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A Better Partnership


Mar 2015
March 24, 2015

Supreme Court's Recent Rulings a Mixed Bag for Employers

The U.S. Supreme Court’s 2013-2014 term was widely heralded as beneficial to business. That may be so with regard to a variety of other issues, but the term resulted in a mixed bag of decisions for employers. The decisions from the current term have so far favored employers, but the justices’ questions at oral argument suggest that several of the remaining cases will likely be decided in favor of employees.

Most of the decisions from the Supreme Court’s last term addressed very specific employment contexts – public employers, unionized employers, employers whose employment practices are guided by religious beliefs. Two decisions from the last term merit consideration by most employers:
  • In Lawson v. FMR LLC, the court held that the Sarbanes-Oxley Act’s (“SOX”) whistleblower protections apply to protect employees of privately held contractors and subcontractors of publicly traded companies, and not just to the employees of publicly traded companies. Congress enacted SOX in the wake of Enron’s collapse, in an effort to strengthen the Security and Exchange Commission’s ability to identify and punish fraud against shareholders of publicly traded companies. To encourage individuals to report suspected fraudulent activity, Congress included provisions in SOX to protect whistleblowers from retaliation. Some federal courts had interpreted the whistleblower protections to apply only to employees of publicly traded companies. The Supreme Court’s decision means that employees of privately held companies and even of individuals who work for people who are employed by publicly traded companies are protected by SOX’s whistleblower provisions. The court recognized that its decision even covered gardeners and nannies employed by individuals who work for publicly traded companies. The bottom line for employers: if your business is a contractor or subcontractor for a publicly traded company, you have an additional retaliation provision to beware of.\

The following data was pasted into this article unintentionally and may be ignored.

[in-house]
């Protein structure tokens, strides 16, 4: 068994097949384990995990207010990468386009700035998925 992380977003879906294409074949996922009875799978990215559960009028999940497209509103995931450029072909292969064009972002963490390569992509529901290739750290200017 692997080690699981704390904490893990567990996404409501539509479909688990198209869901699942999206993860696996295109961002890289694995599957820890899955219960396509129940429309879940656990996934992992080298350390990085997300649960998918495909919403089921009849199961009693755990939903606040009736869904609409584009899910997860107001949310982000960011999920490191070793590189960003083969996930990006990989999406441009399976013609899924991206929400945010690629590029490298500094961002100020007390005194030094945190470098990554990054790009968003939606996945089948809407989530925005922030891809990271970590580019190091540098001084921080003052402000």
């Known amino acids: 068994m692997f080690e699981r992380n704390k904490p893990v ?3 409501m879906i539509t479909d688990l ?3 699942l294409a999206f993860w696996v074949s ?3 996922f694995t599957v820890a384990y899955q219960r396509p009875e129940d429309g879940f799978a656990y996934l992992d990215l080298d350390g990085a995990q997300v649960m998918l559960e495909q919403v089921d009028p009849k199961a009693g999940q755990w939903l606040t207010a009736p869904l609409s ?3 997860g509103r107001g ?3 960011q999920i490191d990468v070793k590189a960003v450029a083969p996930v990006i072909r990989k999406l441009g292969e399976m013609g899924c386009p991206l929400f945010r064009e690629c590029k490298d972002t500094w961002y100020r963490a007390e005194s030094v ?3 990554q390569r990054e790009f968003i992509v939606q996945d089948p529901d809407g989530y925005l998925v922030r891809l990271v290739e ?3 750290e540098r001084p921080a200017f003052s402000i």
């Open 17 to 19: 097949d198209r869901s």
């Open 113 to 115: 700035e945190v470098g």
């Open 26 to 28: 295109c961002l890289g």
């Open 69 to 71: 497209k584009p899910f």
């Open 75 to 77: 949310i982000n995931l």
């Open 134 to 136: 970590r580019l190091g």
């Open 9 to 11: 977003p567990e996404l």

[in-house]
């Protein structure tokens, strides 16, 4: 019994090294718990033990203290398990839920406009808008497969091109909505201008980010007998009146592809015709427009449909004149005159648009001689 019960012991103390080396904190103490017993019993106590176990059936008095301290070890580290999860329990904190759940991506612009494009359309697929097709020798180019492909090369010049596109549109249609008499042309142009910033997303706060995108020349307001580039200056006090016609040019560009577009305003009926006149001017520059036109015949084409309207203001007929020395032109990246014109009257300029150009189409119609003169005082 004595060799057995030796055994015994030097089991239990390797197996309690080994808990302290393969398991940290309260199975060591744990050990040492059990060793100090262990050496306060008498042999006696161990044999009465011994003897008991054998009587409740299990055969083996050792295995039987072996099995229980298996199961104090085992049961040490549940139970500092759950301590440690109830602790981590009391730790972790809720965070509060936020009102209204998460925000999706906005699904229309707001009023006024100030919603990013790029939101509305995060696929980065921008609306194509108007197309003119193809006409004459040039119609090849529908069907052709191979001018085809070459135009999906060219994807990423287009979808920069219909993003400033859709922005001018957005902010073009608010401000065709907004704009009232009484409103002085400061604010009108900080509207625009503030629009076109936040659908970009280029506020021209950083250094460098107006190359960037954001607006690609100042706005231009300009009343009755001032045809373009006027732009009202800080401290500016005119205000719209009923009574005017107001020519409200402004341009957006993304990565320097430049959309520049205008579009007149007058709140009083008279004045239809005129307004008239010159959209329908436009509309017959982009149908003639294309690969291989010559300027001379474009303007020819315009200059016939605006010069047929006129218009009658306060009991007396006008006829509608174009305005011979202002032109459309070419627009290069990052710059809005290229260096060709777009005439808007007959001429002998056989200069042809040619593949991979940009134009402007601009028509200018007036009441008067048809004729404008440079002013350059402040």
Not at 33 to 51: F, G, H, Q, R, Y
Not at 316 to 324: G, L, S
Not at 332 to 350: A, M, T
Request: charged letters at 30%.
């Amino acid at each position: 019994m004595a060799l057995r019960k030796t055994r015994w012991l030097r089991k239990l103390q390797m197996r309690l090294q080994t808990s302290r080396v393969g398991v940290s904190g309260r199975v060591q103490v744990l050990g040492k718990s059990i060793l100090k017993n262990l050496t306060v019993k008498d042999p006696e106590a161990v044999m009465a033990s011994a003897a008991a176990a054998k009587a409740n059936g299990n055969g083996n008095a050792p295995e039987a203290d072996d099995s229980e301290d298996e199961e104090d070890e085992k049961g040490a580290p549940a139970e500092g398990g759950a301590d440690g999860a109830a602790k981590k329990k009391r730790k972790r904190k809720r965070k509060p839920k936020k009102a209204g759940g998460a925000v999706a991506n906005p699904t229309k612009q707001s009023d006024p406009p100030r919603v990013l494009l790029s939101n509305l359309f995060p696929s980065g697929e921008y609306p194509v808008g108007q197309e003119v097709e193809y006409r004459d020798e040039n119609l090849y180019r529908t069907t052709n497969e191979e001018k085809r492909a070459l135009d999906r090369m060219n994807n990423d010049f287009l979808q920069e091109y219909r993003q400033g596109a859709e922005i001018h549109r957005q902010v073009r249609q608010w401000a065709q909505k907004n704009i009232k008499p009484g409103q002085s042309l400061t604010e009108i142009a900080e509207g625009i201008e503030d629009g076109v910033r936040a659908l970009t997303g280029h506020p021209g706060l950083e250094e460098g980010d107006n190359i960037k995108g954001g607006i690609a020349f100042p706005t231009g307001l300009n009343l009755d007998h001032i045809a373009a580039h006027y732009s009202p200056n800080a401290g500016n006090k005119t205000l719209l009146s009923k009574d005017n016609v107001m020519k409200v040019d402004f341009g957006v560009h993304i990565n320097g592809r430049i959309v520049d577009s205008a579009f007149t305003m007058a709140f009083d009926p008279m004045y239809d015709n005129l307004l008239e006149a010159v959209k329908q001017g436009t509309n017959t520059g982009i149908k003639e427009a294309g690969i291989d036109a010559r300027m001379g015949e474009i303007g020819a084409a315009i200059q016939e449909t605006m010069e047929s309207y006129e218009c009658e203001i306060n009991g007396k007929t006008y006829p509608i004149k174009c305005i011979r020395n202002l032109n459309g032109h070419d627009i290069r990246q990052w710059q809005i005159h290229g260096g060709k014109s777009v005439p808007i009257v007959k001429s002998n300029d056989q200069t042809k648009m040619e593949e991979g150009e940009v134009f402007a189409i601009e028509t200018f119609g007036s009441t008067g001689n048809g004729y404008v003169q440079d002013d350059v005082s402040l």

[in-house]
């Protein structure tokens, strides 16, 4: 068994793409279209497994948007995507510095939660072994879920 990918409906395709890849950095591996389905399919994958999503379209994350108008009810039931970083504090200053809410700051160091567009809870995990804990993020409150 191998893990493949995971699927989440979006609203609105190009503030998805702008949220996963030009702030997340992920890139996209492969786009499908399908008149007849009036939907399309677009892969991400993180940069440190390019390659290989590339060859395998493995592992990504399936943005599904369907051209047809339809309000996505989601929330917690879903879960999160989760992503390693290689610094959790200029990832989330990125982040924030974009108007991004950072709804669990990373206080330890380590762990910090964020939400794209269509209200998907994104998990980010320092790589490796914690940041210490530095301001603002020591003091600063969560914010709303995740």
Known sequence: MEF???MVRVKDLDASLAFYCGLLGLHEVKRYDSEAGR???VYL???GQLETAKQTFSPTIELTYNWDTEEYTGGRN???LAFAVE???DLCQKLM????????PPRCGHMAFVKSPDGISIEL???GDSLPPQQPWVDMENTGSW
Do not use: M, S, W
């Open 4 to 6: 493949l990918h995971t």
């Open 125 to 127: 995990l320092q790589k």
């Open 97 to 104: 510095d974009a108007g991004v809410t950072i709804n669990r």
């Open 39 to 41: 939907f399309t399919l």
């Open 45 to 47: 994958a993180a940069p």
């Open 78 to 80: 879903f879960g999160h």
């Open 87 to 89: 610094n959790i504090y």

• In Sandifer v. U.S. Steel Corp., the court held that protective clothing is just a special type of clothing. Under the Fair Labor Standards Act, unionized employers do not have to pay employees for time spent putting on and taking off clothing that is essential to their jobs if the collective bargaining agreement provides that such time is not compensable. Better still, the court concluded that if the vast majority of the protective equipment falls within the definition of clothes, then the time spent putting on other items, like safety glasses, is also non-compensable. The bottom line for employers: unionized employers with collective bargaining agreements that exclude putting on and taking off protective clothing from compensable time should carefully review whether their practices fall within the court’s decision; non-unionized employers should remember that they are always required to pay for time spent putting on and taking off protective clothing and gear.
The current term includes more traditional employment cases, including two cases addressing Title VII and another case about compensable time under the Fair Labor Standards Act.